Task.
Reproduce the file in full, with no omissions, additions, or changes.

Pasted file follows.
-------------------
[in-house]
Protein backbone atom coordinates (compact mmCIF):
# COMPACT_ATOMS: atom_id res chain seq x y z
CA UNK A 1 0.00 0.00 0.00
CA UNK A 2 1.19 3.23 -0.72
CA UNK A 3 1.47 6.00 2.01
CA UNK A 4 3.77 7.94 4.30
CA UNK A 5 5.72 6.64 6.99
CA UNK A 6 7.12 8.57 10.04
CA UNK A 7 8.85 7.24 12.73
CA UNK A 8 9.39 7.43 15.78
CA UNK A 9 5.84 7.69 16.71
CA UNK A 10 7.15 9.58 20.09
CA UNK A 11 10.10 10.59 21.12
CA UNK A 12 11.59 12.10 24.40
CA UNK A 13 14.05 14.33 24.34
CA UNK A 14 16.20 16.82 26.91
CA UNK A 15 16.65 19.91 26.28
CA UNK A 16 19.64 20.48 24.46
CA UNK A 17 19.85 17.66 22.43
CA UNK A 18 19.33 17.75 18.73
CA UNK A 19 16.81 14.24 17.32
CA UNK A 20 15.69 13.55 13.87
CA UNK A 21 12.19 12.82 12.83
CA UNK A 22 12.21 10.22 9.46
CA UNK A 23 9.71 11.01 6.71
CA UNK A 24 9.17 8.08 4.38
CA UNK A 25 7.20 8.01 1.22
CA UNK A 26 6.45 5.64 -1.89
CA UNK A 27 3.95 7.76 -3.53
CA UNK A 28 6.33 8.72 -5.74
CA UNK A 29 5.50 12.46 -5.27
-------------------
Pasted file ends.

[in-house]
Protein backbone atom coordinates (compact mmCIF):
# COMPACT_ATOMS: atom_id res chain seq x y z
CA UNK A 1 0.00 0.00 0.00
CA UNK A 2 1.19 3.23 -0.72
CA UNK A 3 1.47 6.00 2.01
CA UNK A 4 3.77 7.94 4.30
CA UNK A 5 5.72 6.64 6.99
CA UNK A 6 7.12 8.57 10.04
CA UNK A 7 8.85 7.24 12.73
CA UNK A 8 9.39 7.43 15.78
CA UNK A 9 5.84 7.69 16.71
CA UNK A 10 7.15 9.58 20.09
CA UNK A 11 10.10 10.59 21.12
CA UNK A 12 11.59 12.10 24.40
CA UNK A 13 14.05 14.33 24.34
CA UNK A 14 16.20 16.82 26.91
CA UNK A 15 16.65 19.91 26.28
CA UNK A 16 19.64 20.48 24.46
CA UNK A 17 19.85 17.66 22.43
CA UNK A 18 19.33 17.75 18.73
CA UNK A 19 16.81 14.24 17.32
CA UNK A 20 15.69 13.55 13.87
CA UNK A 21 12.19 12.82 12.83
CA UNK A 22 12.21 10.22 9.46
CA UNK A 23 9.71 11.01 6.71
CA UNK A 24 9.17 8.08 4.38
CA UNK A 25 7.20 8.01 1.22
CA UNK A 26 6.45 5.64 -1.89
CA UNK A 27 3.95 7.76 -3.53
CA UNK A 28 6.33 8.72 -5.74
CA UNK A 29 5.50 12.46 -5.27